The Act

The Act encourages workers to voice their concerns internally by way of a formal procedure. Only after exhausting the internal procedure should they complain to an external body. Whether or not the employee acts reasonably in disclosing information to an external body is judged against the existence of internal procedures available to him to complain to higher management. It is advisable for employers to review their policies and procedures and to adopt a formal internal mechanism through which 'whistleblowers' can register and pursue their concerns. The Consultation Document issued with the Bill encouraged employees to voice (in a responsible way) any concerns they have about any malpractice which threatens the public interest. This may result in an increase in the number of companies adopting formal internal procedures.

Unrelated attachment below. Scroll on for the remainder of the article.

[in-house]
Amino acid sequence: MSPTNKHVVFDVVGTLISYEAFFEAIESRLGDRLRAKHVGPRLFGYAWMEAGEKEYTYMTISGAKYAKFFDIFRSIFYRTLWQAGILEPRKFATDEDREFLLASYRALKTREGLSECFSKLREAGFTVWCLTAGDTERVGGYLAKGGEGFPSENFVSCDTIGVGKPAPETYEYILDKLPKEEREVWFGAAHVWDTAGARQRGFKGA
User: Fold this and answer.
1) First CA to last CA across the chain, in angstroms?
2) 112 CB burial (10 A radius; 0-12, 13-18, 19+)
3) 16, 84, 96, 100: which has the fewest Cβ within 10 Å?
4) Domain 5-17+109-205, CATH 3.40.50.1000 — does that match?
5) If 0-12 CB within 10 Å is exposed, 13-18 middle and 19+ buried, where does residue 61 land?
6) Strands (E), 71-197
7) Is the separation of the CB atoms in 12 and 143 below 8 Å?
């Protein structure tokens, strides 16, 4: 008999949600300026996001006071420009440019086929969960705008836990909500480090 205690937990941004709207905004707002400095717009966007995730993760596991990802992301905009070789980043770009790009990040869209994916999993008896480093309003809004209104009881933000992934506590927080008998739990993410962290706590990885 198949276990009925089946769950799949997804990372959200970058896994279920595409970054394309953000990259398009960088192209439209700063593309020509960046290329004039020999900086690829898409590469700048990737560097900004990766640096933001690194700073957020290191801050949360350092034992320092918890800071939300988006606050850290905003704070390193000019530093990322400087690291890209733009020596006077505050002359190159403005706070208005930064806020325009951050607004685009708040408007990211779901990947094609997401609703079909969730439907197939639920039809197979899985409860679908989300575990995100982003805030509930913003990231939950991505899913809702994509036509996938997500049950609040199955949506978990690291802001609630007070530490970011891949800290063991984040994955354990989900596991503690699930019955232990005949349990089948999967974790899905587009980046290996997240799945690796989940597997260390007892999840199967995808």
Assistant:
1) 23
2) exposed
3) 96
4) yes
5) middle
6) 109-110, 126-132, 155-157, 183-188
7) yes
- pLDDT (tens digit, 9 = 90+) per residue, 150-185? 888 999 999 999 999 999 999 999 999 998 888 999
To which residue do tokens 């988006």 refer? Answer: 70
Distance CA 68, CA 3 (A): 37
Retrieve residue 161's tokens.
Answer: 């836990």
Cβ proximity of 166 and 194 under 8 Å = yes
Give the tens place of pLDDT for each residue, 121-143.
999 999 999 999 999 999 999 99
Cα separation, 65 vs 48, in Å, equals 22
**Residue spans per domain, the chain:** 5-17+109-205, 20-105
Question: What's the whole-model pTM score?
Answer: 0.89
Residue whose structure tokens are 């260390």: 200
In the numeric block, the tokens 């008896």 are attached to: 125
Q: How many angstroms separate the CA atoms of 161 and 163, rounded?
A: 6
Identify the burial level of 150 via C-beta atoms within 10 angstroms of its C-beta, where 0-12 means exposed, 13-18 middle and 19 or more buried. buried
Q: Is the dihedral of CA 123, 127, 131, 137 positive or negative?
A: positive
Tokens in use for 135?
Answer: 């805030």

The Act offers protection to employees against victimisation provided they voice their concerns in a specified manner. There are 6 ways in which a protected disclosure can be made. This initially involves raising any concerns internally and following an internal whistleblowing procedure if one is available and then only disclosing to specified persons or bodies.

The Act provides protection for an employee who makes a protected disclosure to outside bodies such as a legal adviser, Minister of the Crown or other person on a list prescribed by the Secretary of State. There is also a catch-all clause which covers disclosure in other cases where the worker meets certain conditions (see below). The disclosure should always be made in a specified way. The Act protects employees and most categories of workers excluding the genuinely self-employed and professionals; it does not cover non-executive directors.

Qualifying or 'protected disclosures'

The Act only protects employees who disclose information about a malpractice which involves one or more of the following:


  • crime
  • breach of regulatory, administrative or common law,
  • miscarriage of justice,
  • danger to health and safety,